As such, the event-based middleware infrastructure required to correlate these real-time events has to be similarly flexible. These event-based intelligence systems need to interface with sensor types that range from the simple, such as a door sensor, to highly complex sensor applications, leveraging geospatial, temporal, probabilistic, pattern-matching and anomaly management. To accommodate these requirements, the event-based middleware must be open, scalable, and flexible. The middleware must, of course, be able to capture and correlate event data from each and every available and relevant source.

For most organizations, the implementation of Events-Based Middleware is not a "Big Bang", it is an evolution. The organization will have some immediate requirement that requires capabilities that are unmet by the existing complement of access control systems, cameras, analytic tools, alert and intrusion systems, etc. So, rather than replacing these systems, the organization can add the specific new capabilities, and integrate these new capabilities with the existing systems. Following this smart evolution, the organization can gradually enable, as priority and budgets allow, the comprehensive integration of each of these existing security, safety, and environmental controls with the next generation products, and integration and compliance with outside entities, such as the Department of Homeland Security.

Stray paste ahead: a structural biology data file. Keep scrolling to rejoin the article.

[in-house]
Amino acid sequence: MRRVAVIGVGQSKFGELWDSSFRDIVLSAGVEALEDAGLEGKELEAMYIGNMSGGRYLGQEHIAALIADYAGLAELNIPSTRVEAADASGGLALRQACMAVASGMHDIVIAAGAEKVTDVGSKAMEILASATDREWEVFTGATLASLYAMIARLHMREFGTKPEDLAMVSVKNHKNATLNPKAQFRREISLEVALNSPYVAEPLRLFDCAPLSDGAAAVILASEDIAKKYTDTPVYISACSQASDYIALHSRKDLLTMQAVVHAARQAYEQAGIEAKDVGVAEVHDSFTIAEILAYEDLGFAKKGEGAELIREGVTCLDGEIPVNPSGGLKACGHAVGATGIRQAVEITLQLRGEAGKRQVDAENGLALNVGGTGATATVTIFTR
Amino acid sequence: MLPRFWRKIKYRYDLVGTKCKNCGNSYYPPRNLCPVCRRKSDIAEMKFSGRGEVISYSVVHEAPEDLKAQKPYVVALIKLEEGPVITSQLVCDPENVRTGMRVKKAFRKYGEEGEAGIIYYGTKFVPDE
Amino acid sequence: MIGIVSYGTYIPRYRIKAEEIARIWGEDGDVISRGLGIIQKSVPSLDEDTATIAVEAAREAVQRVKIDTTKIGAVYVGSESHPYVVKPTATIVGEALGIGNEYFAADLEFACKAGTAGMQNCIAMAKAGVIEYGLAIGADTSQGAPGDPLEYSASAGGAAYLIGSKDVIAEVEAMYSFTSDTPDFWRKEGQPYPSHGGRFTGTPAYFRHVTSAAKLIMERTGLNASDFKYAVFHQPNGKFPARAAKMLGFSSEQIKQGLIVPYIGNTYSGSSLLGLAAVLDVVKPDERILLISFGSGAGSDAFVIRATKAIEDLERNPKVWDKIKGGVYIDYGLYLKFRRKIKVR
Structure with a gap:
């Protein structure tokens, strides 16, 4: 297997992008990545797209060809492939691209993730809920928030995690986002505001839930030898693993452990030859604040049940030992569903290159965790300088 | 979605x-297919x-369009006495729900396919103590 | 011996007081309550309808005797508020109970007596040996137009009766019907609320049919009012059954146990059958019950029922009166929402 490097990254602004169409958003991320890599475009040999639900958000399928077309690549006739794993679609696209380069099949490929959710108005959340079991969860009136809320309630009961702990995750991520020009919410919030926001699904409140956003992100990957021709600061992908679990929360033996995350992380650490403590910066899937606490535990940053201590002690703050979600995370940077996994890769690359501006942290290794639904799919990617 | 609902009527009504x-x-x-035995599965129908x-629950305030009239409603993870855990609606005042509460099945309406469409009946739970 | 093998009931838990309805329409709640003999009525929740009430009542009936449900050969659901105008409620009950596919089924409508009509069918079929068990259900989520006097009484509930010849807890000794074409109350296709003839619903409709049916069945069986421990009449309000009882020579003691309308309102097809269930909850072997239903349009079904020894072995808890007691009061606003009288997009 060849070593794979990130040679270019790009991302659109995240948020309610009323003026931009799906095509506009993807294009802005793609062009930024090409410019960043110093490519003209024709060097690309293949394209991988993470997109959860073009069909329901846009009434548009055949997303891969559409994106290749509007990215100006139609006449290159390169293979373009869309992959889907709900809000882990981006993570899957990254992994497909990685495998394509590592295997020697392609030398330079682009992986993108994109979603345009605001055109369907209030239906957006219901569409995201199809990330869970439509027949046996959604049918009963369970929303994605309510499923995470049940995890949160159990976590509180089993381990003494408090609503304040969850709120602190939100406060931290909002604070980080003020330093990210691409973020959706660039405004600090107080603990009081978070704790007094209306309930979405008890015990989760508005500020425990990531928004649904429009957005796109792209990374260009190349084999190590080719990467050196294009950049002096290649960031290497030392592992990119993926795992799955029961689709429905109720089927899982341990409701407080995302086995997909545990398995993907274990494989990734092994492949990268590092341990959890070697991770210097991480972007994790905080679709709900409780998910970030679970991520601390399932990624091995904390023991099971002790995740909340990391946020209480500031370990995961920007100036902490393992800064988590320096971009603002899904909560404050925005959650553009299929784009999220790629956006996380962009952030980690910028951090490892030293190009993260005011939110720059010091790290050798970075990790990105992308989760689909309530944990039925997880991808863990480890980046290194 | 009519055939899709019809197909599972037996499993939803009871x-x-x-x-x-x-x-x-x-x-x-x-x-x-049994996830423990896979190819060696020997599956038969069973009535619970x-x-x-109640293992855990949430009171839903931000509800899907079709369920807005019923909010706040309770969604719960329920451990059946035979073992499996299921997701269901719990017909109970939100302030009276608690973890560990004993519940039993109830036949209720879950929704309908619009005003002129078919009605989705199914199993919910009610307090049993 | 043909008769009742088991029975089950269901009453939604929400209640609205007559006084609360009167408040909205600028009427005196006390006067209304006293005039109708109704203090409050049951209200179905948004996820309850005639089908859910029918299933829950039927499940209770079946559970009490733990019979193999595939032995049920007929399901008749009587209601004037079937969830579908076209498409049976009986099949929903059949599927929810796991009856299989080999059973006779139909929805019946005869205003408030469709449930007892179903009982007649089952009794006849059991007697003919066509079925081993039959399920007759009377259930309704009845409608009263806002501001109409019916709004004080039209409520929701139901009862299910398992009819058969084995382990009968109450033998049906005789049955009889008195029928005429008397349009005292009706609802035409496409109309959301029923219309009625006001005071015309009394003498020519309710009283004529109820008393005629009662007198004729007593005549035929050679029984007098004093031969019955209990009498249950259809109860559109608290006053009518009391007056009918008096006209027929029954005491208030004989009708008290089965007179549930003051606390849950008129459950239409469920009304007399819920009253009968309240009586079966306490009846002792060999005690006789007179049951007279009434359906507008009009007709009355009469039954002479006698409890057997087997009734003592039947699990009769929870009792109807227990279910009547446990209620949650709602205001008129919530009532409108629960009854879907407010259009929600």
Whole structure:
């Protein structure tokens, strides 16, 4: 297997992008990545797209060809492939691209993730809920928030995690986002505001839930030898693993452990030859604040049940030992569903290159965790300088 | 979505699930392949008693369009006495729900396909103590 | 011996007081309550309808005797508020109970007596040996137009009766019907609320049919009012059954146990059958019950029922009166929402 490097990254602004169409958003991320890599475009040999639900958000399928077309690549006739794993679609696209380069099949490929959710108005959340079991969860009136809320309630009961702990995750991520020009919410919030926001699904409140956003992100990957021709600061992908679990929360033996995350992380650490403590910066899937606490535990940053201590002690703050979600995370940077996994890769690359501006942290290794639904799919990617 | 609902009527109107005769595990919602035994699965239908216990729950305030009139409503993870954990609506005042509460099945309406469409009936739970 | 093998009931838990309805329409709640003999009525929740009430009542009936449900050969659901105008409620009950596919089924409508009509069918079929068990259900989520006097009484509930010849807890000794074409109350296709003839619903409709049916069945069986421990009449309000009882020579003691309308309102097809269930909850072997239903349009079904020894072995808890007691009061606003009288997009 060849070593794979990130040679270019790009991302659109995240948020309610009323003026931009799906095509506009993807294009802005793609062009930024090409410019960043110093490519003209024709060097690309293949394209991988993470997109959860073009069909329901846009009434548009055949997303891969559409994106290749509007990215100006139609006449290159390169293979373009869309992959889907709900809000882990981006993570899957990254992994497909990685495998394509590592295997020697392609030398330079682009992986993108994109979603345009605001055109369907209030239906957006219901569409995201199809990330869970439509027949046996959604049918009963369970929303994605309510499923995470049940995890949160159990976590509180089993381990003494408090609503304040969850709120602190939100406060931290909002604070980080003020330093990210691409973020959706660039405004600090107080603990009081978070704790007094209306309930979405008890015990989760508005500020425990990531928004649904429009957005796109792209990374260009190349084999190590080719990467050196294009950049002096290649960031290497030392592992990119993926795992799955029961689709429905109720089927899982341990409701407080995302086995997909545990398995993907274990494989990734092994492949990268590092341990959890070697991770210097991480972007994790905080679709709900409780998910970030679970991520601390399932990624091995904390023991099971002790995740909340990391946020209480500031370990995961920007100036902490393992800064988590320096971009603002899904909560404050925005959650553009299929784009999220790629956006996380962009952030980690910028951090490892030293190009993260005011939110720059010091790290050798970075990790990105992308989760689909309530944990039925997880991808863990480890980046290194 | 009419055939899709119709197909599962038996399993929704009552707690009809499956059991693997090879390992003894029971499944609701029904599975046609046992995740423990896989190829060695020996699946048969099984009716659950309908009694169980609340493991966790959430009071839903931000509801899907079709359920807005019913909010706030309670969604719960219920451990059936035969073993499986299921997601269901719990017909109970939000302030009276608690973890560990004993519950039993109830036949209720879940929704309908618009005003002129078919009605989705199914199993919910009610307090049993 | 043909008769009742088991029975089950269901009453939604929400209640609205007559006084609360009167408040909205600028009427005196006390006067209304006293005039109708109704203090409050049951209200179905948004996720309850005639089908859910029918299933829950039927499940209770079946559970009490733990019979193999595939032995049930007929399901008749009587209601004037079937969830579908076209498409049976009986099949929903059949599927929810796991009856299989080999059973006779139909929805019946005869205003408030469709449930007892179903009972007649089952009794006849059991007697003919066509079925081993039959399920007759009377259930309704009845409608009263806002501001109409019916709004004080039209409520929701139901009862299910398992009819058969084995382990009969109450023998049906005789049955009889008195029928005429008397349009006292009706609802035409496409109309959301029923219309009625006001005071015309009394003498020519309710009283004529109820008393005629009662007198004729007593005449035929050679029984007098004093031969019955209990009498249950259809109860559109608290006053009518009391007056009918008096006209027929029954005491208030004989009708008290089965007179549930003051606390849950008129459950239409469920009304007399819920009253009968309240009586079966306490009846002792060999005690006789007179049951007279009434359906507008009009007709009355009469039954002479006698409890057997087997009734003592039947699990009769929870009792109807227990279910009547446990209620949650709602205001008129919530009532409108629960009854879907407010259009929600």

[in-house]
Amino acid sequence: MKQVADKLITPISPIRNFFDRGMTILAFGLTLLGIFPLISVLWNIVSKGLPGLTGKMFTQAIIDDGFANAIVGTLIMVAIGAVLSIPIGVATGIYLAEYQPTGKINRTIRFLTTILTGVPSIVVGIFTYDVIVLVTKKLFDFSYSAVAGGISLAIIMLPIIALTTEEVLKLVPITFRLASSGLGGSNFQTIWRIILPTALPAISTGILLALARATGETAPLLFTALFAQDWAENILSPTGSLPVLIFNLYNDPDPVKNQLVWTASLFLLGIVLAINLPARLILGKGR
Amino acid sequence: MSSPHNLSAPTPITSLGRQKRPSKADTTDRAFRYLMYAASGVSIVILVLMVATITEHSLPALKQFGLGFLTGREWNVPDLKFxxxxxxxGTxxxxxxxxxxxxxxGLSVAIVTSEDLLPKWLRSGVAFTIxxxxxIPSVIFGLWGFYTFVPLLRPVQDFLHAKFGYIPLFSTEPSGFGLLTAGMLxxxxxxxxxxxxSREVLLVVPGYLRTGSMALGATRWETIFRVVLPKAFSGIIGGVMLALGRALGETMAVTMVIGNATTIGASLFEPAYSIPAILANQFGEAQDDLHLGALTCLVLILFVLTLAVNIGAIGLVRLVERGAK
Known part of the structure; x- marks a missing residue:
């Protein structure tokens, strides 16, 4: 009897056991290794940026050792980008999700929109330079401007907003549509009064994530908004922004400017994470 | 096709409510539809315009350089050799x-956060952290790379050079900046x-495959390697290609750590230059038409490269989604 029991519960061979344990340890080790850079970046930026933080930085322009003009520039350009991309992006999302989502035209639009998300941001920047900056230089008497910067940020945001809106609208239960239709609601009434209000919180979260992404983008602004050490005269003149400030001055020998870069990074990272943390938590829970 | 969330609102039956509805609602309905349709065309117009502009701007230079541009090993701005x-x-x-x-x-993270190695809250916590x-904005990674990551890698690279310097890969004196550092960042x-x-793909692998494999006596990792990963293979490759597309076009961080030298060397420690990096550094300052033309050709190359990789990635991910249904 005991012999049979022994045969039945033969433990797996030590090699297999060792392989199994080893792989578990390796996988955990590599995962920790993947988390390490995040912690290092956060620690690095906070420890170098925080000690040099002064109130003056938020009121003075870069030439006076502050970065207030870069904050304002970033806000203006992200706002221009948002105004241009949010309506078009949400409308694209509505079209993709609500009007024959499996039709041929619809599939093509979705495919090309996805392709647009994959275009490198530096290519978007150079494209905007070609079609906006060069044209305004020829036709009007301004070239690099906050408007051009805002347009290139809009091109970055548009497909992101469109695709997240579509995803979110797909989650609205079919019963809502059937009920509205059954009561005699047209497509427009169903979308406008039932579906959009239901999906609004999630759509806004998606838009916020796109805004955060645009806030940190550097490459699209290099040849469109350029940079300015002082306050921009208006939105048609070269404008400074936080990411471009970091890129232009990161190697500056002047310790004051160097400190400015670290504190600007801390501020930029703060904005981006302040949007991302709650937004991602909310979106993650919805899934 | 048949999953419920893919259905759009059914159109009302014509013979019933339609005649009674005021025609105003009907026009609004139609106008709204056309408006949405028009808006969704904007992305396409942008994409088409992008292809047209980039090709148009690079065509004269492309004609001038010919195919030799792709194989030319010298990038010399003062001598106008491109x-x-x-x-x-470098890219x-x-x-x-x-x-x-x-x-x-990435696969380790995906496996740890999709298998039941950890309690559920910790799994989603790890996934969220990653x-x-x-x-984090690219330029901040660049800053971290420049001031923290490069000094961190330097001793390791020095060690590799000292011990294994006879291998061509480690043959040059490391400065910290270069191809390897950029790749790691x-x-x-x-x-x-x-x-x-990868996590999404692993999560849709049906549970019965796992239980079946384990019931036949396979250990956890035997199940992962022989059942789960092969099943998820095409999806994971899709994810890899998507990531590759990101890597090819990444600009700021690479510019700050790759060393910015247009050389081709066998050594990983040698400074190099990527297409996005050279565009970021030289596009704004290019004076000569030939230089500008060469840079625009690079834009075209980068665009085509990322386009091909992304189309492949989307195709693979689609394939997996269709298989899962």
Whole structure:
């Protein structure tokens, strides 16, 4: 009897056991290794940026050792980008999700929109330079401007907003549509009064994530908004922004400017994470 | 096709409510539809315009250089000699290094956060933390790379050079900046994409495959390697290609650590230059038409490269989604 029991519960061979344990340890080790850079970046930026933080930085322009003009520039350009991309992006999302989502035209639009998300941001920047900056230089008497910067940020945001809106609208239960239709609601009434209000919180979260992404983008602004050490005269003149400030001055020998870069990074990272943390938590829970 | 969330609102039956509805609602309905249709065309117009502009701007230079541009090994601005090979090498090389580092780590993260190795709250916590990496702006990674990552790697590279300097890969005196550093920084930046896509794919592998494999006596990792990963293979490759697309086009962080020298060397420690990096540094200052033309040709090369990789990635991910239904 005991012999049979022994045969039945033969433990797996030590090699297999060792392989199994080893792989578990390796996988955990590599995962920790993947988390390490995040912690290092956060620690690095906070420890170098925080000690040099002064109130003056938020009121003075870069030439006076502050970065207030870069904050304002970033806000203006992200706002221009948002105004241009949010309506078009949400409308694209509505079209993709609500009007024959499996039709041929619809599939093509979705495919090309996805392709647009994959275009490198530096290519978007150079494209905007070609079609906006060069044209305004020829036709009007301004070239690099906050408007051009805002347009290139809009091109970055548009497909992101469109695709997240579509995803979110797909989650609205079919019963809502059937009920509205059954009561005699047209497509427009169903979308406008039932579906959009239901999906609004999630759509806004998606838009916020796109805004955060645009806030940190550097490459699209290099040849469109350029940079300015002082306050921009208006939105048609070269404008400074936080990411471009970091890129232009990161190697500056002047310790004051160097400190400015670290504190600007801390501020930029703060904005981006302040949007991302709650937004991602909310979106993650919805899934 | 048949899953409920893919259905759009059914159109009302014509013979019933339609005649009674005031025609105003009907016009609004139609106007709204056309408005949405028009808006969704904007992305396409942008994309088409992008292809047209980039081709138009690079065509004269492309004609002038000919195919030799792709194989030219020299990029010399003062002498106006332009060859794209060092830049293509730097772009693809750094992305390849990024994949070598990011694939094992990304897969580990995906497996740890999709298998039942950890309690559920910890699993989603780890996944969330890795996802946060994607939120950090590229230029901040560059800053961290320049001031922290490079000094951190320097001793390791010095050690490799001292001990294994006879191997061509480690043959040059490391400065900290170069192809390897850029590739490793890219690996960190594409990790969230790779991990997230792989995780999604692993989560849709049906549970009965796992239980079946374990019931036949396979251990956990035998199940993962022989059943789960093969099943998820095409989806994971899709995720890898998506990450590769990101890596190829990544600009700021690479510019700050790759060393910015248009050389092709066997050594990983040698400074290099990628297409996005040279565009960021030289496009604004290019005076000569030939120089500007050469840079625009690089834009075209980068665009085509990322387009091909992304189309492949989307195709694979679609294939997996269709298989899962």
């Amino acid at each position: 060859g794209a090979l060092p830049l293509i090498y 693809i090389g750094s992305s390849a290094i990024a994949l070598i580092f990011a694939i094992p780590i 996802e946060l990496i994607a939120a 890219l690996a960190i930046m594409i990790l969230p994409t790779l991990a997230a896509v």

The way in which we relate to computing systems and expect to be able to interact with information is changing in a fundamental way. The driving force behind the momentum that has resulted in mainstream adoption of smart phones, smart pads, and an ever growing portfolio of real-time communicating devices is the realization and now expectation that we can be kept up to date with the real-time, relevant, and actionable events that may impact our lives. This has shifted from being possible to being a expectation—indeed we feel orphaned when we lose the connection.